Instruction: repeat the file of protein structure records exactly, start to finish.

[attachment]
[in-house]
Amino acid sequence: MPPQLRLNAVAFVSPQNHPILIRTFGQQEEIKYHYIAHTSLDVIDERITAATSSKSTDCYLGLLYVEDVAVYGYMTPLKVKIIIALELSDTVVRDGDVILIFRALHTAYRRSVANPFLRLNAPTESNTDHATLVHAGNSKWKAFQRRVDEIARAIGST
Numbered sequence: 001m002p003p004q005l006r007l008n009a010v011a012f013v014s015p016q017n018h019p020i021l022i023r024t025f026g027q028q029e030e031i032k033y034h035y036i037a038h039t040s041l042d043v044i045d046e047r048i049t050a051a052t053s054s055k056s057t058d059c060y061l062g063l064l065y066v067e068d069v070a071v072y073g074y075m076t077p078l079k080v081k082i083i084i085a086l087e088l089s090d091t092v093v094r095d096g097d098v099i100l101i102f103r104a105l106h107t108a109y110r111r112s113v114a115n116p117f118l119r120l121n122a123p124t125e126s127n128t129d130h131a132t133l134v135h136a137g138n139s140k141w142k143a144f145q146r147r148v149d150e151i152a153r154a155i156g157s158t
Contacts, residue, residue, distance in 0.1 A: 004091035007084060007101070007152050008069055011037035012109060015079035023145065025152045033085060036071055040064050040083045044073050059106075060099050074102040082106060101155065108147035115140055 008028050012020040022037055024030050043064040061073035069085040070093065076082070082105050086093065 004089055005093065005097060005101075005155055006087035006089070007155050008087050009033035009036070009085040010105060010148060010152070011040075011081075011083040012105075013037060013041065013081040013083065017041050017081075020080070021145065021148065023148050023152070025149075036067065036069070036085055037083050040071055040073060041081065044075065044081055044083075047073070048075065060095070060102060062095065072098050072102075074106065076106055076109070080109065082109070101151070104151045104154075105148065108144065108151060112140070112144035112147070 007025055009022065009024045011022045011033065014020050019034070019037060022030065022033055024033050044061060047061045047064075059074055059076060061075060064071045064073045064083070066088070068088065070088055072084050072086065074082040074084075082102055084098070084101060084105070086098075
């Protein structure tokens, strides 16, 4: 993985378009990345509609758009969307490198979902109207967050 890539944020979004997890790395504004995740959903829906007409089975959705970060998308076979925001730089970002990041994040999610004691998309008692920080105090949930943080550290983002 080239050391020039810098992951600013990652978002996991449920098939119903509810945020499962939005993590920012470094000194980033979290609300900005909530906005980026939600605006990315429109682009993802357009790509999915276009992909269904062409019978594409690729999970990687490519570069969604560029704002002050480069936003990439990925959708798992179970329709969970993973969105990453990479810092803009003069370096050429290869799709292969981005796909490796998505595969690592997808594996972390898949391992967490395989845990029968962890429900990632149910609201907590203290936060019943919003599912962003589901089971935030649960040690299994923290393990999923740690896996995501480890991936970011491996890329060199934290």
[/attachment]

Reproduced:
[in-house]
Amino acid sequence: MPPQLRLNAVAFVSPQNHPILIRTFGQQEEIKYHYIAHTSLDVIDERITAATSSKSTDCYLGLLYVEDVAVYGYMTPLKVKIIIALELSDTVVRDGDVILIFRALHTAYRRSVANPFLRLNAPTESNTDHATLVHAGNSKWKAFQRRVDEIARAIGST
Numbered sequence: 001m002p003p004q005l006r007l008n009a010v011a012f013v014s015p016q017n018h019p020i021l022i023r024t025f026g027q028q029e030e031i032k033y034h035y036i037a038h039t040s041l042d043v044i045d046e047r048i049t050a051a052t053s054s055k056s057t058d059c060y061l062g063l064l065y066v067e068d069v070a071v072y073g074y075m076t077p078l079k080v081k082i083i084i085a086l087e088l089s090d091t092v093v094r095d096g097d098v099i100l101i102f103r104a105l106h107t108a109y110r111r112s113v114a115n116p117f118l119r120l121n122a123p124t125e126s127n128t129d130h131a132t133l134v135h136a137g138n139s140k141w142k143a144f145q146r147r148v149d150e151i152a153r154a155i156g157s158t
Contacts, residue, residue, distance in 0.1 A: 004091035007084060007101070007152050008069055011037035012109060015079035023145065025152045033085060036071055040064050040083045044073050059106075060099050074102040082106060101155065108147035115140055 008028050012020040022037055024030050043064040061073035069085040070093065076082070082105050086093065 004089055005093065005097060005101075005155055006087035006089070007155050008087050009033035009036070009085040010105060010148060010152070011040075011081075011083040012105075013037060013041065013081040013083065017041050017081075020080070021145065021148065023148050023152070025149075036067065036069070036085055037083050040071055040073060041081065044075065044081055044083075047073070048075065060095070060102060062095065072098050072102075074106065076106055076109070080109065082109070101151070104151045104154075105148065108144065108151060112140070112144035112147070 007025055009022065009024045011022045011033065014020050019034070019037060022030065022033055024033050044061060047061045047064075059074055059076060061075060064071045064073045064083070066088070068088065070088055072084050072086065074082040074084075082102055084098070084101060084105070086098075
């Protein structure tokens, strides 16, 4: 993985378009990345509609758009969307490198979902109207967050 890539944020979004997890790395504004995740959903829906007409089975959705970060998308076979925001730089970002990041994040999610004691998309008692920080105090949930943080550290983002 080239050391020039810098992951600013990652978002996991449920098939119903509810945020499962939005993590920012470094000194980033979290609300900005909530906005980026939600605006990315429109682009993802357009790509999915276009992909269904062409019978594409690729999970990687490519570069969604560029704002002050480069936003990439990925959708798992179970329709969970993973969105990453990479810092803009003069370096050429290869799709292969981005796909490796998505595969690592997808594996972390898949391992967490395989845990029968962890429900990632149910609201907590203290936060019943919003599912962003589901089971935030649960040690299994923290393990999923740690896996995501480890991936970011491996890329060199934290």